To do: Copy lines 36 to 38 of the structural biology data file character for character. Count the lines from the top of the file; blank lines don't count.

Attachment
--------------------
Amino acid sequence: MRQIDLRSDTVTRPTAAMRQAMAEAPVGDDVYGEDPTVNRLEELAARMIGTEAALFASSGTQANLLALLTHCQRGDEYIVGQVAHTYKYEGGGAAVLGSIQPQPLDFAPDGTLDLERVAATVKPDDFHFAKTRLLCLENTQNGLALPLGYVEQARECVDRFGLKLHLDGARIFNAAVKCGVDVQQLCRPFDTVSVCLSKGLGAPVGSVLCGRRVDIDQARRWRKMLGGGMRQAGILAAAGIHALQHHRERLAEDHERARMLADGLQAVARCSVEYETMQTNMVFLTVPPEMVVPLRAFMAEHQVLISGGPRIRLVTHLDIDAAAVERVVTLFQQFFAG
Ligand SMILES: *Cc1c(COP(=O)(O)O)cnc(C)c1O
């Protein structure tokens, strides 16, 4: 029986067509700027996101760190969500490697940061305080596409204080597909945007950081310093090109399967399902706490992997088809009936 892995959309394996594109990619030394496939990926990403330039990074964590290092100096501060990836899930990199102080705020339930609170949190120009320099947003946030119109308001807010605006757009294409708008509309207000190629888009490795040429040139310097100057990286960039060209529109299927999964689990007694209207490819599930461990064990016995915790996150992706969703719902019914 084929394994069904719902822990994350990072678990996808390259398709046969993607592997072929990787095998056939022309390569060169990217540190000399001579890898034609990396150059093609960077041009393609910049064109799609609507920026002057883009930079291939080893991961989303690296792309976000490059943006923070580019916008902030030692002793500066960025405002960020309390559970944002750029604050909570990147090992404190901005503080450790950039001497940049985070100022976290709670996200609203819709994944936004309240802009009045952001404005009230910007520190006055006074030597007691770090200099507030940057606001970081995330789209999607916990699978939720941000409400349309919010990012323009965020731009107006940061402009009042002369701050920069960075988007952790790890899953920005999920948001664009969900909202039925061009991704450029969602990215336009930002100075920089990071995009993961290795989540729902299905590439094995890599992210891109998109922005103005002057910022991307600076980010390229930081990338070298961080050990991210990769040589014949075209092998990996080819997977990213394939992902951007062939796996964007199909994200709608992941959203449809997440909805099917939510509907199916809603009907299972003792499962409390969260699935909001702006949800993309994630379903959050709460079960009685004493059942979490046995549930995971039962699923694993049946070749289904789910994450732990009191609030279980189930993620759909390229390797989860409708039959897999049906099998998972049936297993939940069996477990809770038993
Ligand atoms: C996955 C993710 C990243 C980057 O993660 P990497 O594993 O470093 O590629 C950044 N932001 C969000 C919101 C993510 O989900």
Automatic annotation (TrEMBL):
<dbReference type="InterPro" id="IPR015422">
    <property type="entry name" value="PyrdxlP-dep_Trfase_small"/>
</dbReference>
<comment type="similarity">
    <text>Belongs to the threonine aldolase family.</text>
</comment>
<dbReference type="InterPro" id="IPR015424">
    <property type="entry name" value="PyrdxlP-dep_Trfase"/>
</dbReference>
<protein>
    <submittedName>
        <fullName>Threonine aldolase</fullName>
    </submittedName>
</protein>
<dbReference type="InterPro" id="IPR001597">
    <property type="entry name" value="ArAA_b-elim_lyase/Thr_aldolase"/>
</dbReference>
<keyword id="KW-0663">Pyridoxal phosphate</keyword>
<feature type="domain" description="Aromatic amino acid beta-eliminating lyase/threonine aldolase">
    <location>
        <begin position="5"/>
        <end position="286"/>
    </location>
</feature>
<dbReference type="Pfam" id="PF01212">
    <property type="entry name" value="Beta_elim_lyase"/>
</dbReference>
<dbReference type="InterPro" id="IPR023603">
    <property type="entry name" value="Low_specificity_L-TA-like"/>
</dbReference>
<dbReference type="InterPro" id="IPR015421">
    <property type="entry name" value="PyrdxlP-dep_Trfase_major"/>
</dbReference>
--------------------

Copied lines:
<dbReference type="InterPro" id="IPR015421">
    <property type="entry name" value="PyrdxlP-dep_Trfase_major"/>
</dbReference>